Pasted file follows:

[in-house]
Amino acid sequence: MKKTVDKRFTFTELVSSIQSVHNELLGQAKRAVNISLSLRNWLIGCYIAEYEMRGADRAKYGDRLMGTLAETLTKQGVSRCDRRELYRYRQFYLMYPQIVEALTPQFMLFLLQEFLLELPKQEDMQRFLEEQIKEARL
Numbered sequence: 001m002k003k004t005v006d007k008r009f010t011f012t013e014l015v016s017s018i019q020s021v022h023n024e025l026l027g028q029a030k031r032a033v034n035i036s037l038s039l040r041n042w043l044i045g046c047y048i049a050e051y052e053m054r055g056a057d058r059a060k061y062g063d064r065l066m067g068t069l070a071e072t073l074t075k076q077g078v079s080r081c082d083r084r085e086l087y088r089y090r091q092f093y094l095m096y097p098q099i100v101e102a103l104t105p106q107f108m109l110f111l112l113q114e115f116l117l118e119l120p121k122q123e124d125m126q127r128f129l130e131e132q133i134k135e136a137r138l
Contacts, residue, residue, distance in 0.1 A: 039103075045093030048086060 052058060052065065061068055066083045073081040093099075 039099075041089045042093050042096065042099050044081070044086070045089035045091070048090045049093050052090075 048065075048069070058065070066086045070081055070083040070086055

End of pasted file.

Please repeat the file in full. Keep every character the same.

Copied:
[in-house]
Amino acid sequence: MKKTVDKRFTFTELVSSIQSVHNELLGQAKRAVNISLSLRNWLIGCYIAEYEMRGADRAKYGDRLMGTLAETLTKQGVSRCDRRELYRYRQFYLMYPQIVEALTPQFMLFLLQEFLLELPKQEDMQRFLEEQIKEARL
Numbered sequence: 001m002k003k004t005v006d007k008r009f010t011f012t013e014l015v016s017s018i019q020s021v022h023n024e025l026l027g028q029a030k031r032a033v034n035i036s037l038s039l040r041n042w043l044i045g046c047y048i049a050e051y052e053m054r055g056a057d058r059a060k061y062g063d064r065l066m067g068t069l070a071e072t073l074t075k076q077g078v079s080r081c082d083r084r085e086l087y088r089y090r091q092f093y094l095m096y097p098q099i100v101e102a103l104t105p106q107f108m109l110f111l112l113q114e115f116l117l118e119l120p121k122q123e124d125m126q127r128f129l130e131e132q133i134k135e136a137r138l
Contacts, residue, residue, distance in 0.1 A: 039103075045093030048086060 052058060052065065061068055066083045073081040093099075 039099075041089045042093050042096065042099050044081070044086070045089035045091070048090045049093050052090075 048065075048069070058065070066086045070081055070083040070086055